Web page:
by Nat Frothingham
MONTPELIER — In a quick weekend phone conversation on Oct. 30 with Montpelier City Clerk John Odum, he said that early voting for the upcoming Nov. 8 presidential election has already broken local records.
“We’re seeing early voting like nothing we’ve seen before,” he told The Bridge.
From his listening post at the clerk’s office at City Hall, he explained the increased enthusiasm for early voting in two or three ways.
First, Odum said that more people are aware of the early voting option. “It’s not new anymore.”
Second, he said, “It’s being driven in part by the (political) campaigns. Yes, yes,” he said, “they are pushing for early voting.”
Third, and here he emphasized that he was frankly speculating, “But I’ll tell you what I’m hearing from voters every day. That the presidential election has exhausted them.” And a lot of people are coming in early to vote — to be “done with it” at a personal level.
When Odum was asked for an up-to-the-minute number of early voters, he said, “Well, by the time you go to print, the number will no longer be accurate. But by Thursday when you publish, I expect the early voting number to be about 1,300 people.”
Odum went from talking about early voting to talking about the current size of the Montpelier checklist of registered voters. “Our checklist is bloated right now,” he said. “Registered voters are now at 6,300 people. It’s high. We need to do some work on that.”
But whether the checklist is high or not, Odum thinks that about one out of five Montpelier voters are voting by early ballot right now. And he thinks that by polling day on Nov. 8, that number could rise to one out of four voters.
Odum doesn’t think that early voting means that fewer Montpelier voters will vote. “It’s not suppressing turnout,” he said about early voting.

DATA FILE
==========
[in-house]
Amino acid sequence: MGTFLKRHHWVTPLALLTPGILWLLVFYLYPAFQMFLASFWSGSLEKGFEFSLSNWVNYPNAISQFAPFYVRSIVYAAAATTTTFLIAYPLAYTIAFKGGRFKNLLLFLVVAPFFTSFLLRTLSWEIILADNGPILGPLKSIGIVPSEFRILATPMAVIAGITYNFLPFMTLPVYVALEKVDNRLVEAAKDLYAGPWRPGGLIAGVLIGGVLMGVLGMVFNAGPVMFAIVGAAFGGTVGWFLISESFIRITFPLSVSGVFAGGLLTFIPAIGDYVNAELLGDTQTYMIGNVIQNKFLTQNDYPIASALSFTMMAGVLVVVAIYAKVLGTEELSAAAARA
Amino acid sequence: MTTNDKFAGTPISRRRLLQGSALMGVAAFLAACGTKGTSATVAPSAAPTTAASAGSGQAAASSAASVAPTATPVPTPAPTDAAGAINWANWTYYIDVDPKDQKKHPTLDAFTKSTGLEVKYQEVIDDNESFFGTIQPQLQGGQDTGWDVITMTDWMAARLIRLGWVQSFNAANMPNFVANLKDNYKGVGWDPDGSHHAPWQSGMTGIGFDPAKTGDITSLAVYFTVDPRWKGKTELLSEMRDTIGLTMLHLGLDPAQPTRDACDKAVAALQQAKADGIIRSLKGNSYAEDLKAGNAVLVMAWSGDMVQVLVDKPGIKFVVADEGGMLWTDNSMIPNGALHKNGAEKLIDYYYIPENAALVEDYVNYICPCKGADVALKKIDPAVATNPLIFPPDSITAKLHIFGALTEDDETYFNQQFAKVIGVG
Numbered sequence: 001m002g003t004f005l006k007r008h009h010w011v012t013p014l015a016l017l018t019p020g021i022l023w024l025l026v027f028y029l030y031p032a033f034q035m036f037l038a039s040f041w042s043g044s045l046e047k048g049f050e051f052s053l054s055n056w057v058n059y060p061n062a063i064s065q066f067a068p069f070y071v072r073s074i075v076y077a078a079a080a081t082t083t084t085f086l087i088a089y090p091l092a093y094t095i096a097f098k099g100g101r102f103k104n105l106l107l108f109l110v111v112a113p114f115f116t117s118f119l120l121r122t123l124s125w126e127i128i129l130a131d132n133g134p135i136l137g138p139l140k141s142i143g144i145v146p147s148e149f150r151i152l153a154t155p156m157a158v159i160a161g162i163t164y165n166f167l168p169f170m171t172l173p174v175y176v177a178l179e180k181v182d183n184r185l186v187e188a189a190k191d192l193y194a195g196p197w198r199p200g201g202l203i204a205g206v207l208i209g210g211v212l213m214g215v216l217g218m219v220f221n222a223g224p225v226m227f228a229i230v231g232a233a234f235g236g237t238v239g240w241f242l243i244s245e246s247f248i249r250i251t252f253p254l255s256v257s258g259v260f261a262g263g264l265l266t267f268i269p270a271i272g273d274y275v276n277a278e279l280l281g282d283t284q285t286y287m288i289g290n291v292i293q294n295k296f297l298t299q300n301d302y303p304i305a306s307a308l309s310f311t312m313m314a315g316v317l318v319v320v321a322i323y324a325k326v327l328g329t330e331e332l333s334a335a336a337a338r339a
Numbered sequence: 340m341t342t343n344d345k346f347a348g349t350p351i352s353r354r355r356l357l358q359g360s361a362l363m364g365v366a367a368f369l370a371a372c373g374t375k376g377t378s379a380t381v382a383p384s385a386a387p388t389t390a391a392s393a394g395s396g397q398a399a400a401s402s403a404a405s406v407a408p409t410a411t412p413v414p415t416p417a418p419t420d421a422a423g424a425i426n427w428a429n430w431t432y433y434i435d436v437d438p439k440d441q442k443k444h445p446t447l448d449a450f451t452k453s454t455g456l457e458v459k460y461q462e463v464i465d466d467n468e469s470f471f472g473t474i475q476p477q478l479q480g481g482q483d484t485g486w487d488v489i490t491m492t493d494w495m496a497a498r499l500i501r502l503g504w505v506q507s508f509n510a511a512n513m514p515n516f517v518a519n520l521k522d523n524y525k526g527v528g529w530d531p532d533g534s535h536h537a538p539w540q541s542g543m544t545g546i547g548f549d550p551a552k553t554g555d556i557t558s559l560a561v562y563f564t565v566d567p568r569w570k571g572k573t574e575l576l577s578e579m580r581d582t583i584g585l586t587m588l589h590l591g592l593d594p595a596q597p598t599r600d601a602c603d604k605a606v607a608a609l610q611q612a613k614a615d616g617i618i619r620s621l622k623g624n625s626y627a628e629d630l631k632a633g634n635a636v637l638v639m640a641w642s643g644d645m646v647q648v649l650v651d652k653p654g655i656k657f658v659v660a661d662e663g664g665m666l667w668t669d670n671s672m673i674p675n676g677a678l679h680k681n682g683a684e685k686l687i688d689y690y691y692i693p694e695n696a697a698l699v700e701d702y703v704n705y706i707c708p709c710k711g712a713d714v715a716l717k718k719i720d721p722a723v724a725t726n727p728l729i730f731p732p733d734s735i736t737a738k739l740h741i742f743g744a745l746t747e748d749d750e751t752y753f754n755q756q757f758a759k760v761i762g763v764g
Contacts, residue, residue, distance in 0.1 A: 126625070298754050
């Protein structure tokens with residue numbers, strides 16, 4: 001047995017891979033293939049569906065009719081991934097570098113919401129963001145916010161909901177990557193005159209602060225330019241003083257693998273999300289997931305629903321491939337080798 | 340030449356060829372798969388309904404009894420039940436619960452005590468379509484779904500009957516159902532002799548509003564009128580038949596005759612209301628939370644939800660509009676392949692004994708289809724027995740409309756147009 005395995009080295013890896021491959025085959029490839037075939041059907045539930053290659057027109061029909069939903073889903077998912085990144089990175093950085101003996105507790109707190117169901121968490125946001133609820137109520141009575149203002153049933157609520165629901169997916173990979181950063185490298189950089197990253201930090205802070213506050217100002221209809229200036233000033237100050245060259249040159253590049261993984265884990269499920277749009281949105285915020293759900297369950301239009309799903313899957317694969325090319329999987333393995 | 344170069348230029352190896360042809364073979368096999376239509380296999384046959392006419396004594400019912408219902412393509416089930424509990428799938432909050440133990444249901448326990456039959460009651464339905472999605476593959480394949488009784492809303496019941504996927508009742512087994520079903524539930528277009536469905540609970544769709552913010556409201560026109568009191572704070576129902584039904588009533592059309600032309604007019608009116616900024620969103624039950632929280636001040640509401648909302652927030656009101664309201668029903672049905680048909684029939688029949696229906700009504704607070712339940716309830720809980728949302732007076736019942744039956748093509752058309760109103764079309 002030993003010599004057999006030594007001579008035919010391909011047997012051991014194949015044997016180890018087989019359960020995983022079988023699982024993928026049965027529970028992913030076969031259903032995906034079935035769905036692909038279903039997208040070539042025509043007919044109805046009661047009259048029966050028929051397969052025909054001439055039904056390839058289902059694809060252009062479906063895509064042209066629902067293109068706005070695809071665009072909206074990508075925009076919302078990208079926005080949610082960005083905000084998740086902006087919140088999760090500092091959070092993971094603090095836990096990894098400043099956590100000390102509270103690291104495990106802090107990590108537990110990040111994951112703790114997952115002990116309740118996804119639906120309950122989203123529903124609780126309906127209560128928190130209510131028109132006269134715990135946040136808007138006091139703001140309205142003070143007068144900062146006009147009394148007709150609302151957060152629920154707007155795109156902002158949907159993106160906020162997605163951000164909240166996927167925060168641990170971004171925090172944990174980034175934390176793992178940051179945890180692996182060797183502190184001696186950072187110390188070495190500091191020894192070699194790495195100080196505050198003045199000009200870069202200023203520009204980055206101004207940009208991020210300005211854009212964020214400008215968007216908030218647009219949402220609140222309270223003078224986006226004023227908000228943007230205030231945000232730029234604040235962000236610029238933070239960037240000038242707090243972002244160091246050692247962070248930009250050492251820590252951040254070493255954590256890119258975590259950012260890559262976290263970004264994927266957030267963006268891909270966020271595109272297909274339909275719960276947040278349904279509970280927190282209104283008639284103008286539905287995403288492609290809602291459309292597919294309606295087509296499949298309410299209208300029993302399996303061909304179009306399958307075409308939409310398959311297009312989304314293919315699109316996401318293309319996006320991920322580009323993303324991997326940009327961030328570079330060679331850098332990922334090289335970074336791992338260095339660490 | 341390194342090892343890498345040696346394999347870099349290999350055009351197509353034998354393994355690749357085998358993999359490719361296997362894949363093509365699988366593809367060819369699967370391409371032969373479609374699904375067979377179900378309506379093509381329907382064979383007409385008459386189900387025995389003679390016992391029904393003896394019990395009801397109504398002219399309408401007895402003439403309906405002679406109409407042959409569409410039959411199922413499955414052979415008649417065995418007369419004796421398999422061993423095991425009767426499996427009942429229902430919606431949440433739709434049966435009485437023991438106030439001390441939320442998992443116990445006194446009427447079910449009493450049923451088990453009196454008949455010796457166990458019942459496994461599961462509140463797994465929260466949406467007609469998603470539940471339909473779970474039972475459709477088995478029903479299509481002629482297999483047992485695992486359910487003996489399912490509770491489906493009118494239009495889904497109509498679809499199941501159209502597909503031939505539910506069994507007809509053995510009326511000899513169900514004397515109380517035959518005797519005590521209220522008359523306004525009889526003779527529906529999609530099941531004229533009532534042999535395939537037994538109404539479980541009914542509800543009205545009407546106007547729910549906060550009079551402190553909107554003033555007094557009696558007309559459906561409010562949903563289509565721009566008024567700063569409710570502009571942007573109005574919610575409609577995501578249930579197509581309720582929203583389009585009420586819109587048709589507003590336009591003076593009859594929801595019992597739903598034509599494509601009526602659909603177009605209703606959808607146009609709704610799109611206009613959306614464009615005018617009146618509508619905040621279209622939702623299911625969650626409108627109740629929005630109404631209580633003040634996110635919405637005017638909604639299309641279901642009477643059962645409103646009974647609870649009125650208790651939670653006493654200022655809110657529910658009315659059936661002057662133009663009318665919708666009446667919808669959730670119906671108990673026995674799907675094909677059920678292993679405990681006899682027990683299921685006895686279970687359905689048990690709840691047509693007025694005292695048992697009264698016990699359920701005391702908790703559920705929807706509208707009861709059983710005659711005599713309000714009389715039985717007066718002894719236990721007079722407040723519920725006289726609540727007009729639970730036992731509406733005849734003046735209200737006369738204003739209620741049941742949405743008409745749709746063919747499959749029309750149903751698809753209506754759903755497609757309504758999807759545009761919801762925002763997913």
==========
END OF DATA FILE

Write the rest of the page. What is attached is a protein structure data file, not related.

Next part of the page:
Odum is highly confident about the security of Montpelier’s voting system. “I’m not worried about rigging or hacking the voting machines,” he said. “They’re impenetrable.”
When Odum was reminded that a recent report found a very high incidence of embezzlement in Vermont including town and municipal offices, Odum said he thought our voting system was not at all like a town or city computerized financial system. He said municipal financial systems are linked meaning that more than just one person has access to financial systems. But voting system are “stand-alone” systems, he emphasized.
Odum added that the City of Montpelier’s voting machines have a paper ballot back-up. He said that the federal government requires that these paper ballots “have to be saved for 22 months” after the election.
On Election Day, Nov. 8, polls in Montpelier will open at 7 a.m. and close at 7 p.m.
Odum is inviting anyone who wants to vote with an early ballot to visit the City Clerk’s office at Montpelier City Hall during regular hours — from 8 a.m. until 4:30 p.m.
As he has done in other recent elections, Odum is inviting voters to vote early at City Hall on Saturday, Nov. 5 from 10 a.m. until 2 p.m.
When he was asked why the presidential election was being held on Nov. 8 instead of on Tuesday, Nov. 1 — Odum was momentarily at a loss for words.
But only momentarily. He went right online and found the federal language from early in the 19th century to explain what’s happening.
The presidential election is to be held on the first Tuesday of November, except that the first Tuesday must follow the first Monday in November. If like this year, the first Tuesday follows Oct. 31 – that doesn’t work. Thus Election Day this year is Tuesday, Nov. 8.